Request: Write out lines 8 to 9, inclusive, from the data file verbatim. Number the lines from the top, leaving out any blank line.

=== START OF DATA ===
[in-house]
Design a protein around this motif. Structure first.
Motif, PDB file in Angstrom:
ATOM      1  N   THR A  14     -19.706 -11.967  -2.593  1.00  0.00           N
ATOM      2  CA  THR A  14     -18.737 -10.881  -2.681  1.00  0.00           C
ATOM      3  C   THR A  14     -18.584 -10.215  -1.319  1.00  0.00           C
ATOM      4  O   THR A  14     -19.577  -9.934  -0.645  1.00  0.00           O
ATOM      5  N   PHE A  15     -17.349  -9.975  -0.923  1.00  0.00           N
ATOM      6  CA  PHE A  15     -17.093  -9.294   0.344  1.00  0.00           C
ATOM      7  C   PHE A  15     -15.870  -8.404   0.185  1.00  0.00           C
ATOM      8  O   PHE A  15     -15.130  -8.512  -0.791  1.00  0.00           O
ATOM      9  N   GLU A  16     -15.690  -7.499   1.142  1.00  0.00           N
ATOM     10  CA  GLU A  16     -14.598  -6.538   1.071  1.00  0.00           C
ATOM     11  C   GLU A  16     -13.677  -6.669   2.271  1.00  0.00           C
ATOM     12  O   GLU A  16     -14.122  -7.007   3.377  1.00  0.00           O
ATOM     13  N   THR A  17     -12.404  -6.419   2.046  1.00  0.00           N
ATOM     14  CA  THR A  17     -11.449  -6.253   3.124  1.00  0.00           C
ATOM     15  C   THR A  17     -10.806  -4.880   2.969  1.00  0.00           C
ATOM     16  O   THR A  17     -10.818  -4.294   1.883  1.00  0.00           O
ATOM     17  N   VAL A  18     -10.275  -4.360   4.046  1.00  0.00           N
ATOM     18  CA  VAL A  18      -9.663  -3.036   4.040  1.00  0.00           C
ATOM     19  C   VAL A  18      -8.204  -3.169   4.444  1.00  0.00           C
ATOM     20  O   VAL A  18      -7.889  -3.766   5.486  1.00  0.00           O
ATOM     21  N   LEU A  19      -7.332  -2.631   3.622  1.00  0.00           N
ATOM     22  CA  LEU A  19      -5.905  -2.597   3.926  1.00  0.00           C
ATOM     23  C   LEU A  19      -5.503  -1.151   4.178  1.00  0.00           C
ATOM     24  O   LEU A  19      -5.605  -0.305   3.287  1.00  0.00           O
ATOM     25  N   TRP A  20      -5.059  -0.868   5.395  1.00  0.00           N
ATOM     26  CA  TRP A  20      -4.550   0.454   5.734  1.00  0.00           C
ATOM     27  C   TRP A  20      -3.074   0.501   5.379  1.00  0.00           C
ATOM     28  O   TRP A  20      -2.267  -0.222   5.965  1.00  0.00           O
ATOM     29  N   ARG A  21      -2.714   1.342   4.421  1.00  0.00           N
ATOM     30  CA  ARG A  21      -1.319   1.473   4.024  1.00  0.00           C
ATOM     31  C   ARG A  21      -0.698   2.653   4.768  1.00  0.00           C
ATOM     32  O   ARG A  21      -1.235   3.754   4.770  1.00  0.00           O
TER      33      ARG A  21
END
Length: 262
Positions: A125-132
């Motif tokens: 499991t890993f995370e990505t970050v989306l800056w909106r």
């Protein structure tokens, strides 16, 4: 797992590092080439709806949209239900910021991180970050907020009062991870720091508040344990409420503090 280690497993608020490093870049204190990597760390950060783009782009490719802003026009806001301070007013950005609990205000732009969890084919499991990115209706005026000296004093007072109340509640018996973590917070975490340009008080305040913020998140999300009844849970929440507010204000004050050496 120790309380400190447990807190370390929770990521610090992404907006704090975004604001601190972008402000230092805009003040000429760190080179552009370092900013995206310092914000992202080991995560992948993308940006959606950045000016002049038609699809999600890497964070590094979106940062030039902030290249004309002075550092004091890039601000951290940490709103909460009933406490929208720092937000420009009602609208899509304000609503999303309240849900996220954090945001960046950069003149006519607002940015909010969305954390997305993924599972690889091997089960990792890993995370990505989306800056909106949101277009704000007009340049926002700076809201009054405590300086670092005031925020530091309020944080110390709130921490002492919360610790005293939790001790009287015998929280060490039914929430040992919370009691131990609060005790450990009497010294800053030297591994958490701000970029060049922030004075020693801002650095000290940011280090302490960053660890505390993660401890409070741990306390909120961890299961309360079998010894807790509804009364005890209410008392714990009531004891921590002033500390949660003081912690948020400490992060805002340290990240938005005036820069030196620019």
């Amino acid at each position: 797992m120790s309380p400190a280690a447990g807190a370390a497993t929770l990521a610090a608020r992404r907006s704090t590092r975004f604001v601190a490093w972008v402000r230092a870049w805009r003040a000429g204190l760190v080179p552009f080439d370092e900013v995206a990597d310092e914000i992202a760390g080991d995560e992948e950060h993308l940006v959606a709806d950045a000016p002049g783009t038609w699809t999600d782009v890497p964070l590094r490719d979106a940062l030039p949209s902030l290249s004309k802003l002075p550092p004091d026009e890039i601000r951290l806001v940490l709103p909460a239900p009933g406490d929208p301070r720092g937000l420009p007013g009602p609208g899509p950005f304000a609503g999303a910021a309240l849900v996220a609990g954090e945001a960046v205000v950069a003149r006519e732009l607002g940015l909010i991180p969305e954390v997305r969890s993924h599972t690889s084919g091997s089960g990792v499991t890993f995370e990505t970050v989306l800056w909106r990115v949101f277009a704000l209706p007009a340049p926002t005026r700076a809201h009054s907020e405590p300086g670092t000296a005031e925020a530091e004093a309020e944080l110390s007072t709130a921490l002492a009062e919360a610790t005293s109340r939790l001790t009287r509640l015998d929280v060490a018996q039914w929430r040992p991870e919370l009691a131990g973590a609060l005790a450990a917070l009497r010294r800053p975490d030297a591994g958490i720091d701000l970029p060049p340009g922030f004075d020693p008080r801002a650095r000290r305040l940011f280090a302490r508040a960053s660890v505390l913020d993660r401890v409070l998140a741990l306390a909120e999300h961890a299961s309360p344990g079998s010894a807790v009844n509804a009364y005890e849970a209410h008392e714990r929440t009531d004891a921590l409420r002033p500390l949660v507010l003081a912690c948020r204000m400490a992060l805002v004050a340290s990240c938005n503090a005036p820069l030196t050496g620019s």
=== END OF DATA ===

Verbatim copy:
ATOM      5  N   PHE A  15     -17.349  -9.975  -0.923  1.00  0.00           N
ATOM      6  CA  PHE A  15     -17.093  -9.294   0.344  1.00  0.00           C